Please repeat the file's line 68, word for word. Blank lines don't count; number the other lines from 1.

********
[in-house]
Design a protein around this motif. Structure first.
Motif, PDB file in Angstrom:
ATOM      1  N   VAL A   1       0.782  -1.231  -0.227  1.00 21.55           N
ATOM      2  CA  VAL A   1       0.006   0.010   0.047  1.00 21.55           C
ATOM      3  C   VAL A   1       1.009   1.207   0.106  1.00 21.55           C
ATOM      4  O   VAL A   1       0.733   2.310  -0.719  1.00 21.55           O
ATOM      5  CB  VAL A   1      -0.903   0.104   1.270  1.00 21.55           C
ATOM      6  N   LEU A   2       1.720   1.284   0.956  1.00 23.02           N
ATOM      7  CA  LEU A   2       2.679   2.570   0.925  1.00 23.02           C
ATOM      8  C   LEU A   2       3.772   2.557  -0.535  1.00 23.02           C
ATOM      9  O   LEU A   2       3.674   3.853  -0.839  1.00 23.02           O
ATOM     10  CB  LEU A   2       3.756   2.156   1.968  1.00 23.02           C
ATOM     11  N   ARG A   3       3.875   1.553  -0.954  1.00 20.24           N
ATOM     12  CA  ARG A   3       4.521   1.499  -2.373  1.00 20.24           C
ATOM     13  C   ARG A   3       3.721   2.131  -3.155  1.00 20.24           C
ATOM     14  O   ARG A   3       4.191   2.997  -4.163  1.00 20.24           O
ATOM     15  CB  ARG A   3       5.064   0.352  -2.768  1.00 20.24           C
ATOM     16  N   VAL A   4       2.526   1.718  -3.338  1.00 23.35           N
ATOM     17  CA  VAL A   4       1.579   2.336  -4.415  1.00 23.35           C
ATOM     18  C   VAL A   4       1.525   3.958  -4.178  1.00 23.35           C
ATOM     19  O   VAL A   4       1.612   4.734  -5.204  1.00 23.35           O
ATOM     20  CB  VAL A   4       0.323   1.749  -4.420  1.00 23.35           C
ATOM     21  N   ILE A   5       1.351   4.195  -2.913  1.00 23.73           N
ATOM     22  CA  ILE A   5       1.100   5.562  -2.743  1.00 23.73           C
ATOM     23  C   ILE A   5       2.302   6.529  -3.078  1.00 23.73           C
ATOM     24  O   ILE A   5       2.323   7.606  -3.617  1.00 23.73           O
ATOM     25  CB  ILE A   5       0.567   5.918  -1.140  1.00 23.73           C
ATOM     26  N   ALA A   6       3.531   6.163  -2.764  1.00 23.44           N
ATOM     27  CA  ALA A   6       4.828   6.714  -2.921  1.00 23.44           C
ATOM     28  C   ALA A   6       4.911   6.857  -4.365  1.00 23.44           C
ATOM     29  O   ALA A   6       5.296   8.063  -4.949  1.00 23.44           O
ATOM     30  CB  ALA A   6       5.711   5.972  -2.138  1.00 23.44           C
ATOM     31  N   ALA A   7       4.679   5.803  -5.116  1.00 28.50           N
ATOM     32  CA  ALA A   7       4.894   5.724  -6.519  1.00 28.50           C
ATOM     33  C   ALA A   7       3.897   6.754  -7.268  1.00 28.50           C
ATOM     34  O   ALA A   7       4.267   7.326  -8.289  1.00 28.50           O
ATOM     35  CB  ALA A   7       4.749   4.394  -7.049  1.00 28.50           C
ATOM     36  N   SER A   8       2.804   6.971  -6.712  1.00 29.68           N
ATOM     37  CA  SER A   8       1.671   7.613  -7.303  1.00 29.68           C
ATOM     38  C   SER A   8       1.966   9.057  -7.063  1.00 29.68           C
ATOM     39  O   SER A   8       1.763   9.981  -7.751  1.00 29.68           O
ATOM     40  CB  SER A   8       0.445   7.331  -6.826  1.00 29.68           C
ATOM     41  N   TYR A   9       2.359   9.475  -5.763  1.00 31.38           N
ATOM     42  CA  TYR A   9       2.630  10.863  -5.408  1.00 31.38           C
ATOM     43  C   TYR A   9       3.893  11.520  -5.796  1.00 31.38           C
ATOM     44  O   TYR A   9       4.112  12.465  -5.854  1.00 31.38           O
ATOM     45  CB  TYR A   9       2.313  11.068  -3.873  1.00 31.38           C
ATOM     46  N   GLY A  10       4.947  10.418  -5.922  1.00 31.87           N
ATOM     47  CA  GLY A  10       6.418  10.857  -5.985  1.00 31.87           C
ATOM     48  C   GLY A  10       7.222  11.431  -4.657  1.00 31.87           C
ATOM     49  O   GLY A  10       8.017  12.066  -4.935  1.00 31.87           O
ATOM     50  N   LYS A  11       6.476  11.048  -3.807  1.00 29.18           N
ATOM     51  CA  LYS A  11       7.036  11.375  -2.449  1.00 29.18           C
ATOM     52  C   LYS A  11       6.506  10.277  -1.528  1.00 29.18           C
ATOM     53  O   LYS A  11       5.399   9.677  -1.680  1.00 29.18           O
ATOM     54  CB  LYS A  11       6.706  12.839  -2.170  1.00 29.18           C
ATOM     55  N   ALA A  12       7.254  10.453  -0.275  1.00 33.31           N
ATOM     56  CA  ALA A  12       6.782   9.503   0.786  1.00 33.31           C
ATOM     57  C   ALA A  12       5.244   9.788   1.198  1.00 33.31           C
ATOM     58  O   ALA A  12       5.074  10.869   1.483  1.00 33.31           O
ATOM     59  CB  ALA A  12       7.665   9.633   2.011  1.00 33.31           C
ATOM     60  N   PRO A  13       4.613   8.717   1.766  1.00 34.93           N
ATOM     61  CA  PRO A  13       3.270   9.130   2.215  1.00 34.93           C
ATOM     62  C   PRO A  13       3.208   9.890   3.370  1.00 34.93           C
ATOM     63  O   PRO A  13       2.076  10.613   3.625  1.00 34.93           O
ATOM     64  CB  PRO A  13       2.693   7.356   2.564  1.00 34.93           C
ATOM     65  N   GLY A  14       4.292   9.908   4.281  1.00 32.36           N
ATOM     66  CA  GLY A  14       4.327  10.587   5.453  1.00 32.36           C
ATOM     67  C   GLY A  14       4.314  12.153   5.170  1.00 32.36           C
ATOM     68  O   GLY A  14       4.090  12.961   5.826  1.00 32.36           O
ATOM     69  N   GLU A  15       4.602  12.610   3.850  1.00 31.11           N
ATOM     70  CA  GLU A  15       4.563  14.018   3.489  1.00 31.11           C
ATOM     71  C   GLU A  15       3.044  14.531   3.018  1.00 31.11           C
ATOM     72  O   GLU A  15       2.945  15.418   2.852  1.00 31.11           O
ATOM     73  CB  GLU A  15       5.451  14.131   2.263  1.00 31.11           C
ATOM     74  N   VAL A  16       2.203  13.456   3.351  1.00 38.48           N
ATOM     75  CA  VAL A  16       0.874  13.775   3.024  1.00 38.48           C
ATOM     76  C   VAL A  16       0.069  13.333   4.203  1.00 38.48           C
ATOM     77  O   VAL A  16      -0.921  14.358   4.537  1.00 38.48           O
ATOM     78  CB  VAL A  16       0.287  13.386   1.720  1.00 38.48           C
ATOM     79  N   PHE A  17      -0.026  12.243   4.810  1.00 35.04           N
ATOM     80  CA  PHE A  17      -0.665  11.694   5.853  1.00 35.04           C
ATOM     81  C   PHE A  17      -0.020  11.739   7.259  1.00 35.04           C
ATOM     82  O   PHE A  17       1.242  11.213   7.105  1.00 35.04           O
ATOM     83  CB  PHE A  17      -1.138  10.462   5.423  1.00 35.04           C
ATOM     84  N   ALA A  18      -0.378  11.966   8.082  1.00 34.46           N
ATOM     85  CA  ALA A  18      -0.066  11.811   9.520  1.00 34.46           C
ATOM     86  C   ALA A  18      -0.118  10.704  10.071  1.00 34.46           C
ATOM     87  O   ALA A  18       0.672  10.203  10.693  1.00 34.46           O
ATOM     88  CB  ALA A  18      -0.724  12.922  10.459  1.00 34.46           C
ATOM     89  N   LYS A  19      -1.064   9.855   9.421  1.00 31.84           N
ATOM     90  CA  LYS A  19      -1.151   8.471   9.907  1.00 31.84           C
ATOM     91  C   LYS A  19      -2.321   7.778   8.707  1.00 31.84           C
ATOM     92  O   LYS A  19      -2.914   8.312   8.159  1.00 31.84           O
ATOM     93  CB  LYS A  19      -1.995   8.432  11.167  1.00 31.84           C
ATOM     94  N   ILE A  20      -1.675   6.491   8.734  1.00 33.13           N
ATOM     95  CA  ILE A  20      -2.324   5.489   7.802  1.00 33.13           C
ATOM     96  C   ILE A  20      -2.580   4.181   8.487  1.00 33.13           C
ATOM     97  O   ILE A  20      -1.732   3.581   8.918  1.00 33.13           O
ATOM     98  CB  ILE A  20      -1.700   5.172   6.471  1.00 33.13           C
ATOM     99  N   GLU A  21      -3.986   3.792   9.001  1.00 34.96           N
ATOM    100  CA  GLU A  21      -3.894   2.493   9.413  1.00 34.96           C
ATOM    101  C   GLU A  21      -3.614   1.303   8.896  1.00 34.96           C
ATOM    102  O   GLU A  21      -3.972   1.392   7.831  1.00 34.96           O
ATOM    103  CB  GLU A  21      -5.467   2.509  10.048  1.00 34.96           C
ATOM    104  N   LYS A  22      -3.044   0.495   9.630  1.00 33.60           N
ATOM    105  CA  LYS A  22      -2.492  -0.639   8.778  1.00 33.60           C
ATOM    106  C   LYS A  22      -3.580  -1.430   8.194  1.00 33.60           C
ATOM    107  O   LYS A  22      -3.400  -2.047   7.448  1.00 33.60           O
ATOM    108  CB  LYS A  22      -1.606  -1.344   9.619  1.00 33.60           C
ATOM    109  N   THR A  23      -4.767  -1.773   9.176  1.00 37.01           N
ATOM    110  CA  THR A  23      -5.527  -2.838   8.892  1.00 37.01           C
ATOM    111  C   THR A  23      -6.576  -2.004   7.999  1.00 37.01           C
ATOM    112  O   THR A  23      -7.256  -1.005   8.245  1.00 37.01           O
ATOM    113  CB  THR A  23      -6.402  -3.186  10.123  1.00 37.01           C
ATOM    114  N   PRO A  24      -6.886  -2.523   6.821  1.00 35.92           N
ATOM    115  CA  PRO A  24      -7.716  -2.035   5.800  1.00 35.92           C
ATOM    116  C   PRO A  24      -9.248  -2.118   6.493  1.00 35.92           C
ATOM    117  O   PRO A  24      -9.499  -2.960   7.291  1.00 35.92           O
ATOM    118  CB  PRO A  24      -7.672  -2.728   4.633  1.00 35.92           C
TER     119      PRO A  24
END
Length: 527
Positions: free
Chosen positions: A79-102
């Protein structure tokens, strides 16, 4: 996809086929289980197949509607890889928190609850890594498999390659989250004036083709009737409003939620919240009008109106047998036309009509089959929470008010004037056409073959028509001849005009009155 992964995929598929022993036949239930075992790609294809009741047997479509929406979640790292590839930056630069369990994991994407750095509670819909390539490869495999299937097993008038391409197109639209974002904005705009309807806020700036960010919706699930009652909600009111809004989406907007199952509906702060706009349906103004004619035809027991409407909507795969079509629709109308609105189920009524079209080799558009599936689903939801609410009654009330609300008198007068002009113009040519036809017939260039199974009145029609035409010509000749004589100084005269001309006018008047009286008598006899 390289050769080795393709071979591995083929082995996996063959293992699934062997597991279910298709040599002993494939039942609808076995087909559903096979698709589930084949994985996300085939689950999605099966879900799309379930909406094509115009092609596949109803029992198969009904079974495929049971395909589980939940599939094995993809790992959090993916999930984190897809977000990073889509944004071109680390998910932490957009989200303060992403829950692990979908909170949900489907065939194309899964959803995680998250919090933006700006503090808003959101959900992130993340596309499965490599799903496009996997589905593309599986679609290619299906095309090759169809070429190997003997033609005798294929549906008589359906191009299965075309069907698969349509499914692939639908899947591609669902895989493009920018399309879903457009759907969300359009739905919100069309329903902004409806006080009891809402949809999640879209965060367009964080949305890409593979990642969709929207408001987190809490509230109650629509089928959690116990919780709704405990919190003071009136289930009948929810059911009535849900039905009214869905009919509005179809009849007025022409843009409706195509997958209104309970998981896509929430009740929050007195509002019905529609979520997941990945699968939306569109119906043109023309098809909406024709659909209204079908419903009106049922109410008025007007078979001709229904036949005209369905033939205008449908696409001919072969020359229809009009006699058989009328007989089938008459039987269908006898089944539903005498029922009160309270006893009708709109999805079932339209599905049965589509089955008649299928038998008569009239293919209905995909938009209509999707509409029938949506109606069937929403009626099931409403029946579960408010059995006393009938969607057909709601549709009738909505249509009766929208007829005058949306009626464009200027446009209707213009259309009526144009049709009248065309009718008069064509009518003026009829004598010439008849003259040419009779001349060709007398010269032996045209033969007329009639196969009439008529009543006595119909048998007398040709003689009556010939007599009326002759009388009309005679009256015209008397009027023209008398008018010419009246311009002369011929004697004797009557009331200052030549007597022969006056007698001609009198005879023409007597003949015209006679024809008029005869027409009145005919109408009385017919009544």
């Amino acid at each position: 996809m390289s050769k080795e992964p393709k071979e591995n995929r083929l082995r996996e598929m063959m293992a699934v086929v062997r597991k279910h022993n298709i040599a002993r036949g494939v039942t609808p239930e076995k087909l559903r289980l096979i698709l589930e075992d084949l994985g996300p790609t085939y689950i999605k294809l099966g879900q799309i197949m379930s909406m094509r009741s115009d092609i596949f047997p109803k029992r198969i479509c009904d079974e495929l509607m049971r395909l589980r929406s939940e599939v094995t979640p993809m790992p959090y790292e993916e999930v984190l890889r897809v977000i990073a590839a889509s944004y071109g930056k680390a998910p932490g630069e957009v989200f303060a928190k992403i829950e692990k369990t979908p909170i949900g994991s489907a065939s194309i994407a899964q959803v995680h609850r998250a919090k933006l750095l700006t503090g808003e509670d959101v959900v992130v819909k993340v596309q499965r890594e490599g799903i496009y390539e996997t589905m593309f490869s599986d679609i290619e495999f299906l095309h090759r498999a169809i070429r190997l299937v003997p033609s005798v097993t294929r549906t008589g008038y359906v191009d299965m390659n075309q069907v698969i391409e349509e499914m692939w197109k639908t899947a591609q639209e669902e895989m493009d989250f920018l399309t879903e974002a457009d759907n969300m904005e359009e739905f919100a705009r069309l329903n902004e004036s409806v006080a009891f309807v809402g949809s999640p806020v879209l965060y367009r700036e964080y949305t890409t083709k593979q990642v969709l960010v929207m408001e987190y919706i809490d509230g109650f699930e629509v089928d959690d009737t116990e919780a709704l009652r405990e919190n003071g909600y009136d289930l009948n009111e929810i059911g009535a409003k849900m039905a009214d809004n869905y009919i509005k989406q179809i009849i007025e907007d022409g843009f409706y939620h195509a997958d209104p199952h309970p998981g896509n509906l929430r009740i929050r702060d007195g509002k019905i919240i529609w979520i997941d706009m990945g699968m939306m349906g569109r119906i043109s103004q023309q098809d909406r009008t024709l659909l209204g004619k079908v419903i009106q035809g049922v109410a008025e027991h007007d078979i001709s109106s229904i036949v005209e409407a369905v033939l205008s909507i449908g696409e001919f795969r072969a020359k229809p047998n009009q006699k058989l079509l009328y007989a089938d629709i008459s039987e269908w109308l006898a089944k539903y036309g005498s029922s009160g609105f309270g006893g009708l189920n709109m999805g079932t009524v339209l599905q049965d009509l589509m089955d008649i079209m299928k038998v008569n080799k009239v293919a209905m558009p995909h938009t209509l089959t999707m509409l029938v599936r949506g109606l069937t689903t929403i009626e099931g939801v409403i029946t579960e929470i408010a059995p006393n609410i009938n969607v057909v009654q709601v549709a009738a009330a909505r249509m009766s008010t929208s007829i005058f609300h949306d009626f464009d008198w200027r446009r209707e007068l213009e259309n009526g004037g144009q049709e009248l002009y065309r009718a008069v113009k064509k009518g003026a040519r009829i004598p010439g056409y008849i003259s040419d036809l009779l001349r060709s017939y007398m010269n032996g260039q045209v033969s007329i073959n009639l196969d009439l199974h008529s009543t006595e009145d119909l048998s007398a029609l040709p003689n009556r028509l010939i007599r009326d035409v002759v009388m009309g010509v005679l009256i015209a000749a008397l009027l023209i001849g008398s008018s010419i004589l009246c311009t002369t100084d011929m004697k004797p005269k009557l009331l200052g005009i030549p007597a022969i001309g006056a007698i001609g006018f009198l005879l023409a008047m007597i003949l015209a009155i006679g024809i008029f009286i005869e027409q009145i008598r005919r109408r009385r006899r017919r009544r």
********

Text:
ATOM     65  N   GLY A  14       4.292   9.908   4.281  1.00 32.36           N